Visual Arts incorporates all three fields of art, craft and design. Students create visual representations that communicate, challenge and express their own and others’ ideas, both
as artists and audience members. They develop perceptual and conceptual understanding, critical reasoning and practical skills through exploring and expanding their understanding of their world, and other worlds.
Visual Arts engages students in a journey of discovery, experimentation and problem-solving relevant to visual perception and visual language. Students undertake this journey by utilising visual techniques, technologies, practices and processes. Visual Arts supports students’ ability to recognise and develop cultural appreciation of visual arts in the past and contemporary contexts through exploring and responding to artists and their artworks.
Drama is the expression and exploration of personal, emotional, social and cultural worlds, through role and situation, that engages, entertains and challenges. Students create meaning as drama makers, performers and audiences as they engage with and analyse their own and others’ stories and points of view. In making and staging drama, they learn how to be focused, innovative and resourceful, collaborate and take on responsibilities for drama presentations. Students develop a sense of curiosity and empathy by exploring the diversity of drama in the contemporary world and in other times, traditions, places and cultures.
Content Structure the Arts learning area comprises five subjects: Dance, Drama, Media Arts, Music and Visual Arts. The Arts curriculum is written on the basis that all students will study at least two Arts subjects from Pre-primary to the end of Year 8. It is a requirement that students study a performance subject and a visual subject. Each of the five Arts subject is organised into two interrelated strands: Making and Responding.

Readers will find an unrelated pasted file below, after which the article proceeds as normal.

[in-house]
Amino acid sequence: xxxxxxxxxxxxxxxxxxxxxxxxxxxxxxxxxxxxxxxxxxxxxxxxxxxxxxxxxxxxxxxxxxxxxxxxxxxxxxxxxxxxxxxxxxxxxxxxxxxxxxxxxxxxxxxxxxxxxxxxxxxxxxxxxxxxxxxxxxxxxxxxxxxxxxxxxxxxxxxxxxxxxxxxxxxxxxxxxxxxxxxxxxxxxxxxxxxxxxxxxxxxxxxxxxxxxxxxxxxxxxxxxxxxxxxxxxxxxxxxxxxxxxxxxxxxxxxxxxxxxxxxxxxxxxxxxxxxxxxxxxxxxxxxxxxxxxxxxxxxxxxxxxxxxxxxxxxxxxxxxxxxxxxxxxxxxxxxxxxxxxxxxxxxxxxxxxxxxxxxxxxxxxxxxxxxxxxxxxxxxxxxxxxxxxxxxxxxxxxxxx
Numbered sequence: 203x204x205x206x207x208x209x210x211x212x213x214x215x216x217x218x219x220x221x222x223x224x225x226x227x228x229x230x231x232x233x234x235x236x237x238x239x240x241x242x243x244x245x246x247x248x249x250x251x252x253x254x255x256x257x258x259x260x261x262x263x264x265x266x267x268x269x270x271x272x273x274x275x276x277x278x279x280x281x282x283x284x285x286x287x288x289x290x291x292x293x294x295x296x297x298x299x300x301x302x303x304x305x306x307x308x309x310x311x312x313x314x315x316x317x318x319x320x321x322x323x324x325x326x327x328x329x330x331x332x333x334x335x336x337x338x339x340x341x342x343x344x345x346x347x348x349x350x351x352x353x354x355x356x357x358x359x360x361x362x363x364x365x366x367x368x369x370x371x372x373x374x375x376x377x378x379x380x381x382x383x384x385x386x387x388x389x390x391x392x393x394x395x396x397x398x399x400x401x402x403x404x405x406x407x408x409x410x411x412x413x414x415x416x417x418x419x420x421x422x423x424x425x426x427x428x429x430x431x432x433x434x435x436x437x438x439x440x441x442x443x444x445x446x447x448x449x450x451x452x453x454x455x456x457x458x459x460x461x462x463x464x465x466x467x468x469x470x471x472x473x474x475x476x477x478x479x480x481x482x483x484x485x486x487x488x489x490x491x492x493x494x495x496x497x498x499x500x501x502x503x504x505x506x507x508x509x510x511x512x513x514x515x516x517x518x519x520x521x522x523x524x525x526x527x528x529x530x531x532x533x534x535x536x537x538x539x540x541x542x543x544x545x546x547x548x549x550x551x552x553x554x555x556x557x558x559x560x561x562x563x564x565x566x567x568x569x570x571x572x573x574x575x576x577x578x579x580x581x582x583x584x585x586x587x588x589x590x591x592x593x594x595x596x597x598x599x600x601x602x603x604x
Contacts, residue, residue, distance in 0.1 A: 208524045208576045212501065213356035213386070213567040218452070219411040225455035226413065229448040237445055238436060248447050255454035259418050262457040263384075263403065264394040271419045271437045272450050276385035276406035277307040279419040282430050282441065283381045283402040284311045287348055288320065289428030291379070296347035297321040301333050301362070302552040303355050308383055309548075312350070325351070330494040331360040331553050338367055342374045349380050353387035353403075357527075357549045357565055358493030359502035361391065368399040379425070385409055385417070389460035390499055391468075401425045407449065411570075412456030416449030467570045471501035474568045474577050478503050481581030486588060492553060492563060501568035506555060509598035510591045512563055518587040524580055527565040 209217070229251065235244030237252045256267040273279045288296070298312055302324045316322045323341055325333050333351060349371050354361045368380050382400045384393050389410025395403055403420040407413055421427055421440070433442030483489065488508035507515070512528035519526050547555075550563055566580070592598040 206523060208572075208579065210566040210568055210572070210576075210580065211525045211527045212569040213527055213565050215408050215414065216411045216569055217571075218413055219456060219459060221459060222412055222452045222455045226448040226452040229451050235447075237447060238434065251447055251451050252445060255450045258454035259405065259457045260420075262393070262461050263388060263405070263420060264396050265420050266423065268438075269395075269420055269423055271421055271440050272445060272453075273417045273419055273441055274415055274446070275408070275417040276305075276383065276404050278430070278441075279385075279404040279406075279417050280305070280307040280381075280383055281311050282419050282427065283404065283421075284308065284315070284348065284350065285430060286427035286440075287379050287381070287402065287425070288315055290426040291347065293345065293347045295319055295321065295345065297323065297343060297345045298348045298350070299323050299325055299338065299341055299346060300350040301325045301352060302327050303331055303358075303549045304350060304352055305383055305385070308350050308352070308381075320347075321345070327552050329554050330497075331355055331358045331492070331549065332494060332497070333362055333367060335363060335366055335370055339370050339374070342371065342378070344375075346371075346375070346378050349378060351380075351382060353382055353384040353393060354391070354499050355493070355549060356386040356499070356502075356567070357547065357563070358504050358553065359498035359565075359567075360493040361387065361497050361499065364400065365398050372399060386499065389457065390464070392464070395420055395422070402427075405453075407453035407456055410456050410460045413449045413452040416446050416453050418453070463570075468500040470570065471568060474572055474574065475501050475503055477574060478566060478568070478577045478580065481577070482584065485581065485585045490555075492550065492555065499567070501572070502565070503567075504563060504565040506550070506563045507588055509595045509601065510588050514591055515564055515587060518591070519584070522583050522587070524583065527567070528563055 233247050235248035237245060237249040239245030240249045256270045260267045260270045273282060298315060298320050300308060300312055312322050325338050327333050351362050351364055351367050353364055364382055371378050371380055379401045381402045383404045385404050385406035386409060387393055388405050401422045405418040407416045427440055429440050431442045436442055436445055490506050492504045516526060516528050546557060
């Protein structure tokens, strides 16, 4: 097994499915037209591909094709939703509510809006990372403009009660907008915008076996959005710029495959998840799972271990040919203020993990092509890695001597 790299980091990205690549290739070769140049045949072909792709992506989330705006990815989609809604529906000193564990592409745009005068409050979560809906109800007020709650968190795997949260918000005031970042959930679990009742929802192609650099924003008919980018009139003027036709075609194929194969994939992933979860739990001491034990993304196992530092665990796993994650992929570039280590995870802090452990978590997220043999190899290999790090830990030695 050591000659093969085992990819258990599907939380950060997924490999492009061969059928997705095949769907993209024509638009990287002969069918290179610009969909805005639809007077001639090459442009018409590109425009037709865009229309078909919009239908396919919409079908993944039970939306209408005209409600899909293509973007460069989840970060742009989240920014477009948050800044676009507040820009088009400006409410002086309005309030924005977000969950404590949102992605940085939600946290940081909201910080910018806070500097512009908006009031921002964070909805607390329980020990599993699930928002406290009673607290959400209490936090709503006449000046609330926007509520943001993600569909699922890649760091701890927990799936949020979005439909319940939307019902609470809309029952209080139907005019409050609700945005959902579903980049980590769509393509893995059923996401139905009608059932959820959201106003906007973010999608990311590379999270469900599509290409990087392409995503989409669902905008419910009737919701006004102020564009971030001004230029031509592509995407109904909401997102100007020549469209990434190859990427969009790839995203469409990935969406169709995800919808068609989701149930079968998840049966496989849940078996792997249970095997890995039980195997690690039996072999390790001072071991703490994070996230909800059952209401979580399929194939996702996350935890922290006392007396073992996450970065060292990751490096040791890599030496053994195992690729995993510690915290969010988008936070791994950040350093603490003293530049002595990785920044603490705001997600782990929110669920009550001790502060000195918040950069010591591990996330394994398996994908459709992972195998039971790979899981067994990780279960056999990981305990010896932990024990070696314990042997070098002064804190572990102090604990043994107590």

Making in each Arts subject engages students’ cognition, imagination, senses and emotions in conceptual and practical ways and involves thinking kinaesthetically, critically and
creatively. Students develop knowledge and skills to plan, produce, present, design and perform in each arts subject independently and collaboratively. Students work from an idea, an intention, particular resources, an imaginative impulse, or an external stimulus. Part of making involves students considering their work in the Arts from a range of points of view, including that of the audience. Students reflect on the development and completion of making in the Arts.
Responding in each Arts subject involves students reflecting, analysing, interpreting and evaluating in the Arts. Students learn to appreciate and investigate the Arts through contextual study. Learning through making is interrelated with, and dependent upon, responding. Students learn by reflecting on their making and responding to the making of others. The points of view students hold, shift according to different experiences in the Arts.
Students consider the Arts’ relationships with audiences. They reflect on their own experiences as audience members and begin to understand how the Arts represent ideas through expression, symbolic communication and cultural traditions and rituals. Students think about how audiences receive, debate and interpret the meanings of the Arts